RAJASTHAN’S CITY OF GOLD – JAISALMER
“I can’t!” I wail, looking at the camel kneeling on the sand, “I can’t climb onto it!” The camel, eyes hooded and disdainful, turns its head to look at me. We are in Khuri, Rajasthan, 41 miles out of the city of Jaisalmer, and heading into the Thar Desert, to view the sunset – reputedly a dramatic sight as it sinks into the rolling sand dunes.
The camel driver, an ancient twig of a man, with an enormous turban, is nonplussed for a second; then he brightens. “Okay, I get cart for you!” The cart and camel are hitched up and I’m helped onto the wooden contraption by the driver’s teenage grandson, his eyes dancing with suppressed amusement. The camel driver urges his beast into movement. It farts in protest, disgorges a copious amount of shit, snorts, belches and finally begins to move. Dee, my Australian companion on this trip, already aloft her camel, is convulsed with mirth. And so we set off: me unceremoniously bumping along on the cart, and Dee astride a loping camel.
We proceed at a majestic pace, and all seems well, until we are faced with a long climb up the first of the dunes. My camel baulks. It bawls mightily, and despite the driver’s pleas, interspersed with curses, it refuses to budge. Arthritic knees or not, I decide to walk the rest of the way.
Walking uphill in the sand is a slog, but as we crest the top of the highest dune, the land falls away, and the desert stretches to the horizon in waves of light and shadow. Other than a group of ant-like figures in the distance, we are alone in the vast, silent sweep of the Thar. The sun is low in the sky and Dee and I pour ourselves a libation of rum and coke from a flask, to toast the dying day. The light is copper-coloured now, and the orange sun, magnified into an enormous ball, sinks to the horizon. Once gone, the sky turns flamingo pink with small floating puffs of gold-rimmed clouds, and the brief tropical twilight fades quickly into dusk.
Back at the village, we are guests at a traditional Rajasthani dinner of rotis, rice, and a variety of curried vegetables and lentils. Along with a group of visitors, we dine under a sky thick with stars. Musicians squat on the ground, and sing plaintive melodies to the accompaniment of a harmonium, and women with black, bold eyes and swirling skirts sequined with mirrors, dance to the rhythm of a tabla. The cool night air smells of spices and dust. Magical.
Jaisalmer is India’s only “living” fort and its history goes back to medieval times, when it was founded by the Bhattis (a tribal people) in the 12th century. Lying at the crossroads of Asia’s trade caravans, it teemed with merchants, adventurers, bandits and pilgrims. Today the walled old fort-city still teems, its narrow, winding streets seething with the rush and clatter of scooters and motorbikes, meandering cows, goats, vendors, shoppers, pedestrians and tourists. I pick my way between refuse heaps and cow dung patties and breathe in the heavy aromas of cooking spices, mingled with gasoline fumes and animal urine.
All of which may sound repellent, but isn’t. Graceful women dressed in saris of peacock blue, emerald green and bubblegum pink, flit from shop to shop like brightly coloured butterflies.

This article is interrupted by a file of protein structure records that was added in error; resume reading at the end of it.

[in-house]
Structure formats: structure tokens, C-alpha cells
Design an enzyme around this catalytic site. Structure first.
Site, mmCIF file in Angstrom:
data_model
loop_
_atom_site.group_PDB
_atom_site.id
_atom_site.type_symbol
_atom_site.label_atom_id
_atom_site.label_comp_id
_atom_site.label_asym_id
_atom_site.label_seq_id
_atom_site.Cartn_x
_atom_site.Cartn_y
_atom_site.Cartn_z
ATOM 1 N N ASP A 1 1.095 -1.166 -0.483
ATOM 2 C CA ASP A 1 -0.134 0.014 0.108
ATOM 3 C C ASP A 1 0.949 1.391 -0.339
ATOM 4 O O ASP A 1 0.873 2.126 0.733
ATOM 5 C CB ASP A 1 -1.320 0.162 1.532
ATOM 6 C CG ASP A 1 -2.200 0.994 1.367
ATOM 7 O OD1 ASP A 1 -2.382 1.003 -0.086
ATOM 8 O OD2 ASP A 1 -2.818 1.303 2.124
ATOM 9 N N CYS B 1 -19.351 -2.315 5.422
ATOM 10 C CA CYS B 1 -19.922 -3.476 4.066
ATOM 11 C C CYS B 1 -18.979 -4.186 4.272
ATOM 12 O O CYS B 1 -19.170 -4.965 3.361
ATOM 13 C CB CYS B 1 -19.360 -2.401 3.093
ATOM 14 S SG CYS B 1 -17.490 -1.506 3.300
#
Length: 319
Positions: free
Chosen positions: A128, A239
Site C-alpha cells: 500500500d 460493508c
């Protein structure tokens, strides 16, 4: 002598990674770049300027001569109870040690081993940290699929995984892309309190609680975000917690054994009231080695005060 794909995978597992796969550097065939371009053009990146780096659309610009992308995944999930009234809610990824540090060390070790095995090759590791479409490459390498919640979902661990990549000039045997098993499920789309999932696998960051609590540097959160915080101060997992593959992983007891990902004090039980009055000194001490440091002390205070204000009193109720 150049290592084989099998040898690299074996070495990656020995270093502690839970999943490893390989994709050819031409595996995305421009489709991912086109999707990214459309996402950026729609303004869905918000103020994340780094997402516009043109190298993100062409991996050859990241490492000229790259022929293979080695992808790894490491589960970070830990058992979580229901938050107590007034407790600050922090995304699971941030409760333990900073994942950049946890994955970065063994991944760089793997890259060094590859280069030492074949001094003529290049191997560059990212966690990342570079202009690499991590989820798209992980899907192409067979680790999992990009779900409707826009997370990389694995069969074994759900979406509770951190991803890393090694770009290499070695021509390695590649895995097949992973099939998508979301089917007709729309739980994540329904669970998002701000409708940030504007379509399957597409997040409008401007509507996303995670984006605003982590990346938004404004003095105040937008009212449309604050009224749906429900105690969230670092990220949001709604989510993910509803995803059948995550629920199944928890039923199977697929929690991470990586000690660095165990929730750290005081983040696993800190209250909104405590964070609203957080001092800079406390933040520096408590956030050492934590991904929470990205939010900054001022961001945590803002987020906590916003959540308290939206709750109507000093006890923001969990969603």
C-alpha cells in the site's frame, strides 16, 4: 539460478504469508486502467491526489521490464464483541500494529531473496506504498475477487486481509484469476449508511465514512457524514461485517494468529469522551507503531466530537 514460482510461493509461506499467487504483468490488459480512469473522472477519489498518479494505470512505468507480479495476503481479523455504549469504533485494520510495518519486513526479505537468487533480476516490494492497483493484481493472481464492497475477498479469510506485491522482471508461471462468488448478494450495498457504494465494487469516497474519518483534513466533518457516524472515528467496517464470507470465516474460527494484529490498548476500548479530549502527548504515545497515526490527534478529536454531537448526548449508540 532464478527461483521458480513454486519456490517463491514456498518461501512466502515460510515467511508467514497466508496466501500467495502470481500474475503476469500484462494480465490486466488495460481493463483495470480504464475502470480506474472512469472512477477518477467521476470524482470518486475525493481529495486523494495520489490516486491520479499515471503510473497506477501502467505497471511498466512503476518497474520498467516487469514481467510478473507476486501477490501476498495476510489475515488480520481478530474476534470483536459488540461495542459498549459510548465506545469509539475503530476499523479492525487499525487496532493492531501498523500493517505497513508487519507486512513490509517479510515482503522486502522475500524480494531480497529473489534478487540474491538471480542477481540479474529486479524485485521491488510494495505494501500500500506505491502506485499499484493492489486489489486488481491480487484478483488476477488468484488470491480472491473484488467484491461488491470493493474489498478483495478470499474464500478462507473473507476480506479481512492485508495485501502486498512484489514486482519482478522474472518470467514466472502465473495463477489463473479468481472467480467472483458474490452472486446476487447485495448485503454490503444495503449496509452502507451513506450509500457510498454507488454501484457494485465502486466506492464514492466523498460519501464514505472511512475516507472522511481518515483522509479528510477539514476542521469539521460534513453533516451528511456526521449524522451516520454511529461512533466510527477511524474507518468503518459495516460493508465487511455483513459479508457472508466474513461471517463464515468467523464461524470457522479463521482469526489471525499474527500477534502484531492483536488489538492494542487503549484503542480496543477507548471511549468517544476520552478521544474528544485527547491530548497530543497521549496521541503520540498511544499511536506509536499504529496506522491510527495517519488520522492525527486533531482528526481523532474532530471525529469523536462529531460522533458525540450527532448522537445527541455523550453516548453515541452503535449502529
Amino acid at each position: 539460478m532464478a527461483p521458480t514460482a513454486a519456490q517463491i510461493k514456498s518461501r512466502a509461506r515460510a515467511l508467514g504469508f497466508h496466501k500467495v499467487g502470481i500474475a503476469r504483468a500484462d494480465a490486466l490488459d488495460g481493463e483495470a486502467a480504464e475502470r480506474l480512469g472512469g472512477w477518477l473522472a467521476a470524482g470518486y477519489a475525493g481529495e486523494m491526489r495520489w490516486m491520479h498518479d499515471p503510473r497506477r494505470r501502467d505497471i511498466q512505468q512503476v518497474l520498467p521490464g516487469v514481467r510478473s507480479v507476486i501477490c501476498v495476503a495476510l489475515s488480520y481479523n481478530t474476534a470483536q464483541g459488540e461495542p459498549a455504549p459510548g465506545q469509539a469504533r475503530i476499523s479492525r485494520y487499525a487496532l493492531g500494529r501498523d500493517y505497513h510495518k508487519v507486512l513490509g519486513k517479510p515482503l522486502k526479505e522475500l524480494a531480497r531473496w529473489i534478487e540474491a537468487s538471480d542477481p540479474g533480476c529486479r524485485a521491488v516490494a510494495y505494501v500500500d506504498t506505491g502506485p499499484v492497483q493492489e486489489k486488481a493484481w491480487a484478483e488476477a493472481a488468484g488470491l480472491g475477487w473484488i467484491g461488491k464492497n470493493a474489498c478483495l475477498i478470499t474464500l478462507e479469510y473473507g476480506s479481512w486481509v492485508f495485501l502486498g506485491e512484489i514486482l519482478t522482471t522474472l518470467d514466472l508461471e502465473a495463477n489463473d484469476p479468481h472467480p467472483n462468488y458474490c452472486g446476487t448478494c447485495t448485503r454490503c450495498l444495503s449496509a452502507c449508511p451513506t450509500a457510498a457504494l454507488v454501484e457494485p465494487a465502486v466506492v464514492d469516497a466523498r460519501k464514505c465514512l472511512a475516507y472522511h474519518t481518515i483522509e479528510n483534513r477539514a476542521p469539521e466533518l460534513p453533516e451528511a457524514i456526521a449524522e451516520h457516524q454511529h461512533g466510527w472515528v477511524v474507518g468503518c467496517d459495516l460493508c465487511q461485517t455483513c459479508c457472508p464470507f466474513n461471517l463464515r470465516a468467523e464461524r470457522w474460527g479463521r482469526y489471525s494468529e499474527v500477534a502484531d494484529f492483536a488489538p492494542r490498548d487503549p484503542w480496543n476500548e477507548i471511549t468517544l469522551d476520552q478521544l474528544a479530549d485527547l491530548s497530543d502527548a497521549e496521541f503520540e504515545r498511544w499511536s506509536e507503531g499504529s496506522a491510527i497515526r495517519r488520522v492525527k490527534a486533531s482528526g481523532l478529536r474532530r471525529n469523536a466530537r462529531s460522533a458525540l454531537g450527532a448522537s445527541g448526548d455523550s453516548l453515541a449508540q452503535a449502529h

Magnificent havelis (mansions) line the lanes, their sandstone facades boasting elaborately carved “jali” (net-like) screens, fretwork balconies and arches, domes and cupolas.
“Rajasthan” means “Land of Princes” and it abounds in tales of romance, chivalry, heroism and tragedy. I listen to tales of lost loves, of pride and valour, of death and glory. One of the massive entrance gates to the fort bears the handprints of women who committed jauhar, or ritual suicide following their menfolks’ defeat on the battlefield.
Dee and I drive out into the countryside. Low, round mud-sculpted houses with thatched roofs dot the fields and kejri thorn fences demarcate property lines. Women herd goats and sheep across land that has a thin film of grass like a worn billiard table. Desert hawks swoop and circle against a cloudless afternoon sky.
Later, from a hilly viewpoint we watch the sun sink to the horizon, and in its dying rays, the sandstone walls of Jaisalmer’s fortress glow mellow and gold. As ethereal as a fairy-tale castle, it floats – a desert mirage, a place of dreams and fantasy. And home to today’s descendents of ancient and noble Rajput clans.
IF YOU GO:
Best time to visit: November to February.
PHOTOS by Margaret Deefholts
1. Sunset over the dunes at Khuri
2. My camel cart – with chair aboard.
3. Camel driver and great-grandson
4. After dinner concert by musicians at Khuri
6. Traditional haveli (mansion) with pierced sandstone embellishments, in the old fort city of Jaisalmer.
7. A mother and her baby peep out from their haveli and smile for my camera
11. A milkman with canisters slung on his cycle delivers milk door to door in the narrow lanes of the old city.
12. A camel and cart makes its way through the old city lanes
16. Graceful and colourfully dressed Rajasthani woman
18. Handprints of women who committed ritual jauhar (ritual suicide) on receiving news that their menfolk had been defeated or killed on the battlefield.
20. Jaisalmer Fort – the City of Gold glows like a desert mirage in the setting sun
[SLIDE SHOW PICTURES ABOVE THE HEADING OF THIS ARTICLE]
5. Village scene en-route to Jaisalmer
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